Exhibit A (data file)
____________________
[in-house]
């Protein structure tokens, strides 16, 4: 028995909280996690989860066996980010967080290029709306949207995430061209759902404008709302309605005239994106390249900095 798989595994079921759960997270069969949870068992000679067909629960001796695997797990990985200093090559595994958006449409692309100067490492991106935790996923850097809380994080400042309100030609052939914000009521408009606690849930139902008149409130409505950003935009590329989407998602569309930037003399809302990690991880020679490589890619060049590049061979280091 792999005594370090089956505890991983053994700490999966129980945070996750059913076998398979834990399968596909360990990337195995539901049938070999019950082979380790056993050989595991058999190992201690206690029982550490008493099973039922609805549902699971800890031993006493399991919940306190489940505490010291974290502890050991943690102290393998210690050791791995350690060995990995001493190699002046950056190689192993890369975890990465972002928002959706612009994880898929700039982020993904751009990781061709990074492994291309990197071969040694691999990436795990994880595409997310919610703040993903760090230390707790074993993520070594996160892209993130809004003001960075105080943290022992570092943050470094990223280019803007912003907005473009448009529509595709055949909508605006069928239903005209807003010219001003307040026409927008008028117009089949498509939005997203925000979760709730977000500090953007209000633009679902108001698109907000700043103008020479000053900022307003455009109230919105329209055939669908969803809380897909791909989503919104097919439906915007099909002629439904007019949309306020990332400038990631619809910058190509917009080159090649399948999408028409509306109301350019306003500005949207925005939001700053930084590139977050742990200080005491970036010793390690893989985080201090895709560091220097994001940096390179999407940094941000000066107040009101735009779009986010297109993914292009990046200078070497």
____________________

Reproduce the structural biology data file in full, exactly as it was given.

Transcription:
[in-house]
């Protein structure tokens, strides 16, 4: 028995909280996690989860066996980010967080290029709306949207995430061209759902404008709302309605005239994106390249900095 798989595994079921759960997270069969949870068992000679067909629960001796695997797990990985200093090559595994958006449409692309100067490492991106935790996923850097809380994080400042309100030609052939914000009521408009606690849930139902008149409130409505950003935009590329989407998602569309930037003399809302990690991880020679490589890619060049590049061979280091 792999005594370090089956505890991983053994700490999966129980945070996750059913076998398979834990399968596909360990990337195995539901049938070999019950082979380790056993050989595991058999190992201690206690029982550490008493099973039922609805549902699971800890031993006493399991919940306190489940505490010291974290502890050991943690102290393998210690050791791995350690060995990995001493190699002046950056190689192993890369975890990465972002928002959706612009994880898929700039982020993904751009990781061709990074492994291309990197071969040694691999990436795990994880595409997310919610703040993903760090230390707790074993993520070594996160892209993130809004003001960075105080943290022992570092943050470094990223280019803007912003907005473009448009529509595709055949909508605006069928239903005209807003010219001003307040026409927008008028117009089949498509939005997203925000979760709730977000500090953007209000633009679902108001698109907000700043103008020479000053900022307003455009109230919105329209055939669908969803809380897909791909989503919104097919439906915007099909002629439904007019949309306020990332400038990631619809910058190509917009080159090649399948999408028409509306109301350019306003500005949207925005939001700053930084590139977050742990200080005491970036010793390690893989985080201090895709560091220097994001940096390179999407940094941000000066107040009101735009779009986010297109993914292009990046200078070497």